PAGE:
Blockchain, a distributed ledger technology, is poised to transform the forest products industry by increasing transparency and streamlining documentation across the entire supply chain. The technology allows multiple stakeholders to confidently and securely share access to the same information, opening the door to new growth.
In fact, blockchain is a key enabler of “frictionless business,” where everything from transactions to supply chains become more effective and efficient through technology-enabled trust.1 This trust can play a key role in helping forest products companies create net-positive, win-win relationships—between suppliers, producers and end consumers—that are likely to reduce costs and boost revenue. For example, a liquid packaging board (LPB) producer can increase the value of their product by showing proof of packaging originating from sustainable forestry through procurement tracking by distributed ledger.
Case in point: companies in the industry currently find it complex and challenging to verify the origin and sustainability of forest products including tissue, packaging, sawn goods and more. Wood certification is managed by third-party organizations that are often costly, strict and irregular in their requirements.2 Third-party certifications add to the already-strict national forest legislations for certification. Furthermore, forest regulations differ by country, allowing certification processes to exacerbate uneven competition between countries and regions.
With environmental sustainability an imperative for our planet and the species it supports, it is critical to improve the practices surrounding wood certification. Today there are substantial volumes of illegal timber and wood fiber in circulation, and it is “washed” in forest products production and in the recycling stage of the wood-products life cycle. The consequences of illegal logging impact economies, societies, flora and fauna, and it can severely impact a forest-owners future market supply. Some estimate that the repercussions can cost host countries as much as $4,000/hectare in lost tax revenue, crippled ecosystems and societal conflict.3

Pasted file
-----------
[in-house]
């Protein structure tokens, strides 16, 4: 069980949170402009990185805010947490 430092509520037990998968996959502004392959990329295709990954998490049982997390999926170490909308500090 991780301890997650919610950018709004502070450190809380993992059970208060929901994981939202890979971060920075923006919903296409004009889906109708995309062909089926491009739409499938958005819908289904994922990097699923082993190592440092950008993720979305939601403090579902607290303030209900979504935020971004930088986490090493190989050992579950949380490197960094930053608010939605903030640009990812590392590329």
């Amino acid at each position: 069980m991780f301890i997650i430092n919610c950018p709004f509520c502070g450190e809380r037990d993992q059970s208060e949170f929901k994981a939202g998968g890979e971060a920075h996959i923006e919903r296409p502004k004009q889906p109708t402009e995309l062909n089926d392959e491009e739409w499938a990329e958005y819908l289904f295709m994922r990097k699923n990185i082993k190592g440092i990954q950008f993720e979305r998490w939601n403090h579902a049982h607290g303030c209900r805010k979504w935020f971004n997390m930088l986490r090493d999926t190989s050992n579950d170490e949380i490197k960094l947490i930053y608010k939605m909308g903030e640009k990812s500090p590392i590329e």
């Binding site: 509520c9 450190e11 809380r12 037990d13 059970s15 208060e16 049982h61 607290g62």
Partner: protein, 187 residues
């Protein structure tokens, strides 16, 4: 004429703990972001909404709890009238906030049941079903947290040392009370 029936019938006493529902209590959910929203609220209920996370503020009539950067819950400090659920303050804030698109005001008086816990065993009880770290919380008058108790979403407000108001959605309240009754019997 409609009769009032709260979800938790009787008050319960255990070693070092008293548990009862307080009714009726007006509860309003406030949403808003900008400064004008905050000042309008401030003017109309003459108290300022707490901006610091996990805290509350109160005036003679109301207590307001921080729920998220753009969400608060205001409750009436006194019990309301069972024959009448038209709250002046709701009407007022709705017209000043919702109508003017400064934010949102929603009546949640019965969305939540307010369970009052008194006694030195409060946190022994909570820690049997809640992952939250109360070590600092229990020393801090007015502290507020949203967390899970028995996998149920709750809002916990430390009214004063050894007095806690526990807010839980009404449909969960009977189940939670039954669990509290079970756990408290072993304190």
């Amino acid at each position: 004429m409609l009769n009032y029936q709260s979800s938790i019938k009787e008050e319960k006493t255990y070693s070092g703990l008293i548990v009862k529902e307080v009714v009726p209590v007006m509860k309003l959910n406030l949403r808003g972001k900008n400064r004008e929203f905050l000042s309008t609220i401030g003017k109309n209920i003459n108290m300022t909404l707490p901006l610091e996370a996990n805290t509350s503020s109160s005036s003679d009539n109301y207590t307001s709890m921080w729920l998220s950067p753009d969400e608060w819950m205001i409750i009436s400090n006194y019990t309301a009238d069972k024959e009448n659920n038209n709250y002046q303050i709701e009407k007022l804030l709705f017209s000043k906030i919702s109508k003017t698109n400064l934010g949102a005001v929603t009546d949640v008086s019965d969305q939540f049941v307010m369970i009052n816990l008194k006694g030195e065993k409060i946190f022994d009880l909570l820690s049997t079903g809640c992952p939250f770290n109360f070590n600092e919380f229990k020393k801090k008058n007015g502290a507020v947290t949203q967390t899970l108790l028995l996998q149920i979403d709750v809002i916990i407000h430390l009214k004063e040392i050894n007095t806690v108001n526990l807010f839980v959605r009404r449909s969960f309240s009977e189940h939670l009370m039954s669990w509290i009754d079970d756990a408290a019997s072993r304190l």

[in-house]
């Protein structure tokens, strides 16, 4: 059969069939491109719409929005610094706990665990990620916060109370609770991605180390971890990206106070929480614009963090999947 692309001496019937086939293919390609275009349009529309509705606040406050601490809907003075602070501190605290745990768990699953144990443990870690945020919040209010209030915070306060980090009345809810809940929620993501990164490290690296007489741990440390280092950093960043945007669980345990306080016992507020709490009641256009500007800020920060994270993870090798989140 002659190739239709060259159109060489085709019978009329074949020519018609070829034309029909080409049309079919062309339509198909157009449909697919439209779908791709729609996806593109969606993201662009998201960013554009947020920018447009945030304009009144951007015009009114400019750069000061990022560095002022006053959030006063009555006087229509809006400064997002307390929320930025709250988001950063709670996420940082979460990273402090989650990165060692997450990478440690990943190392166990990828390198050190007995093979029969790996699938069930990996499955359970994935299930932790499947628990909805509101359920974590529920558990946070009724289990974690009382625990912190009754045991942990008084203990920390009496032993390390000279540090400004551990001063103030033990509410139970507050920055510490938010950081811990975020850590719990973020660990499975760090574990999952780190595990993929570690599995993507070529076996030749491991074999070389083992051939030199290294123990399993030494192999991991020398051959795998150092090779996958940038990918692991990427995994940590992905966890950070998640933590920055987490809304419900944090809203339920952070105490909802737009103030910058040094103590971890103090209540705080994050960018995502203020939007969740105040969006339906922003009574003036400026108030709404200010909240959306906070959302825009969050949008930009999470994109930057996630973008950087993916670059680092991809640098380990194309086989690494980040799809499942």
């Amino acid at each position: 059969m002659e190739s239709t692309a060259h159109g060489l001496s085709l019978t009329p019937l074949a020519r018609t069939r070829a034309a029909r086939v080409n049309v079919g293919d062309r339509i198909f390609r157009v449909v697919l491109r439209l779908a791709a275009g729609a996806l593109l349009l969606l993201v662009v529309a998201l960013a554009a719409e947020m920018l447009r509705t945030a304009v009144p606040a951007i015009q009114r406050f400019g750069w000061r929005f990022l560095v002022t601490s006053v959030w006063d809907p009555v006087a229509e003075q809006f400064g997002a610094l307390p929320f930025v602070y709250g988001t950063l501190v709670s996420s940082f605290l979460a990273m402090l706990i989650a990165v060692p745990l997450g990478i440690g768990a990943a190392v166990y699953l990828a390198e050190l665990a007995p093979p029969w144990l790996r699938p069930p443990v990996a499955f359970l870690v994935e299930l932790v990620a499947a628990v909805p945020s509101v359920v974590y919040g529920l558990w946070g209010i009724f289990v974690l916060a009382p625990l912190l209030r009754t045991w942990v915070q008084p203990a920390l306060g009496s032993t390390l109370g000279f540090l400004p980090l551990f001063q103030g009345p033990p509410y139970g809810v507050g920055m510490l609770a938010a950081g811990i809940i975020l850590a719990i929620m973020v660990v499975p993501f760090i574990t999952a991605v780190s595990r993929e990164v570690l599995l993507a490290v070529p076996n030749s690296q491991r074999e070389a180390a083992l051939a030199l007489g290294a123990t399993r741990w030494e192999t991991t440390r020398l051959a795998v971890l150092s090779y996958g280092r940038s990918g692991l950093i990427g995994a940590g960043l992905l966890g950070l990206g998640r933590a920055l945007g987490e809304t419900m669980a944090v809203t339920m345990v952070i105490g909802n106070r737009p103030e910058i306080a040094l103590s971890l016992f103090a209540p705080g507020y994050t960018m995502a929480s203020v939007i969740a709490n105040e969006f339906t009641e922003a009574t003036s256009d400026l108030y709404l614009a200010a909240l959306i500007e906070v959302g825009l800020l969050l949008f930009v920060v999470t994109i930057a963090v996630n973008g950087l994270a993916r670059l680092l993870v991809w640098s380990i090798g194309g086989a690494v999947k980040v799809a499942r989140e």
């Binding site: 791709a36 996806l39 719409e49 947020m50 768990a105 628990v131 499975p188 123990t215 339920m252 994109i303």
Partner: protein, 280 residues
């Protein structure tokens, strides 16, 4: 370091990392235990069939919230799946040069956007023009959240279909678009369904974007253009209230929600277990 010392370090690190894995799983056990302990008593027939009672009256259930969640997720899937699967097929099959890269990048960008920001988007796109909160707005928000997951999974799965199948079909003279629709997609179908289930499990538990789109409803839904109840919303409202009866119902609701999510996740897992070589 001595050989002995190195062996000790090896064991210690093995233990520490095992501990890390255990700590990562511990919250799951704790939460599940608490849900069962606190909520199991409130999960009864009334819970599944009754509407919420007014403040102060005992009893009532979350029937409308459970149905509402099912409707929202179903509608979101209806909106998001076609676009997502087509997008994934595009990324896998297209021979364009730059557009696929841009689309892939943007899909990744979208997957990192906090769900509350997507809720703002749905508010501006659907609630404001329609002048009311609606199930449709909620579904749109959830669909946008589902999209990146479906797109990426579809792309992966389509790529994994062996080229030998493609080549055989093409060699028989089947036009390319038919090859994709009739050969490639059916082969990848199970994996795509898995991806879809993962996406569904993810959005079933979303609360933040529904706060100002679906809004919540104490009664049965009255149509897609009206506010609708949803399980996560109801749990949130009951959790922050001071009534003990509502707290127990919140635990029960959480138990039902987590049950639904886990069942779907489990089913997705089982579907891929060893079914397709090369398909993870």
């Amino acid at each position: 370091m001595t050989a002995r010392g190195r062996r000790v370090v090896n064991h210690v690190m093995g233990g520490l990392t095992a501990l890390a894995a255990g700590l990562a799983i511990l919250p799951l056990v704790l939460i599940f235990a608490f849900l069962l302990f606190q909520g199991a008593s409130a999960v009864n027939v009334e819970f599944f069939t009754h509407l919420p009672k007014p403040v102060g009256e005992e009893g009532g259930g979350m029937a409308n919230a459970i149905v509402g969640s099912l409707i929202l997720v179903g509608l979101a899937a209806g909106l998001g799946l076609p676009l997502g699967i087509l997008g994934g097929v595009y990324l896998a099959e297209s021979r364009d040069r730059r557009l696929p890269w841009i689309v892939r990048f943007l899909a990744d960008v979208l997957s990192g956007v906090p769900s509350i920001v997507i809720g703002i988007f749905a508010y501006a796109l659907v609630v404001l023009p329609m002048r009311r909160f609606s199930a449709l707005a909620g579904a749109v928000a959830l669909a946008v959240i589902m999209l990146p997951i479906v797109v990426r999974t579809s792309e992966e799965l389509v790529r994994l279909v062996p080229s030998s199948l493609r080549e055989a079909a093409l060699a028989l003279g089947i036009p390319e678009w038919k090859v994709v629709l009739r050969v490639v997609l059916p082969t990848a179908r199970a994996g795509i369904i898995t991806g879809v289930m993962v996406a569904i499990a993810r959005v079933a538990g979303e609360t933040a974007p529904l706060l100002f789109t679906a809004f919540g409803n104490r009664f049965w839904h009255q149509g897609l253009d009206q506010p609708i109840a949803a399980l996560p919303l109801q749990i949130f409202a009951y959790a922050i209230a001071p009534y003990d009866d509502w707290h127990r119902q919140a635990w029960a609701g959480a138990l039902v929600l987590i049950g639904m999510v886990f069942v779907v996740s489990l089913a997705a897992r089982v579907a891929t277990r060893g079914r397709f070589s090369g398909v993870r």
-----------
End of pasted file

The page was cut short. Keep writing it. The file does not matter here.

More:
By enabling blockchain—combined with artificial intelligence and emerging Industry X.0 capabilities such as smart and connected products, services and plants—the forest products industry stands to benefit across the value chain.
This newfound visibility and traceability from forest to mill to consumer could lead to:
Many of these ideas will improve the bottom line and generate real value for forest products companies by reducing cost, increasing transparency and creating new streams of revenue. While blockchain solutions become increasingly viable and valuable as more participants adopt the technology, there is significant value to the early adopters that build the technology. As business models evolve and new ones are built, the early entrants will have the power (and responsibility) to set the rules. This could change the entire game plan in forest products, ideally leading it toward a sustainable future as a steward of the bio-economy, a cornerstone in the circular economy.
The use of blockchain is adaptable across the gamut of forest products—from packaging, tissue and graphical papers to sawn goods and biofuel. The spotlight on blockchain in the industry will grow brighter as the world returns to wood as a raw material for sustainable alternatives that can replace non-biodegradable materials that pollute our planet.
According to Accenture research, industry executives are excited about blockchain, with 60 percent indicating that blockchain and smart contracts will be critical to their organization over the next three years.5 We are excited about blockchain as well, particularly in forest products where the impact stands to truly change the game in the industry.
1 ”Technology Vision 2018: Intelligent Enterprise Unleashed,” Accenture, 2018, https://www.accenture.com/us-en/insight-technology-trends-2018.
2 Johansson, Cristopher. ”Barriers to FSC certification for small forest owners in Sweden,” Swedish University of Agricultural Sciences, 2018, https://stud.epsilon.slu.se/13485/.
3 ”The Economic Impacts of Illegal Agro-Conversion on Tropical Forest Countries,” Forest Trends Information Brief, 2018, https://www.forest-trends.org/wp-content/uploads/2018/06/Info-Brief-Costs-of-Illegal-Agro-Conversion_Final.pdf.
4 Wilson, Andrew. ”Accenture’s IT Foray into Blockchain: Harnessing New Technology for Digital Contracting,” August 2, 2018, LinkedIn, https://www.linkedin.com/pulse/accentures-foray-blockchain-harnessing-new-technology-andrew-wilson/.
5 ”Technology Vision 2018: Intelligent Enterprise Unleashed,” Accenture, 2018, https://www.accenture.com/us-en/insight-technology-trends-2018.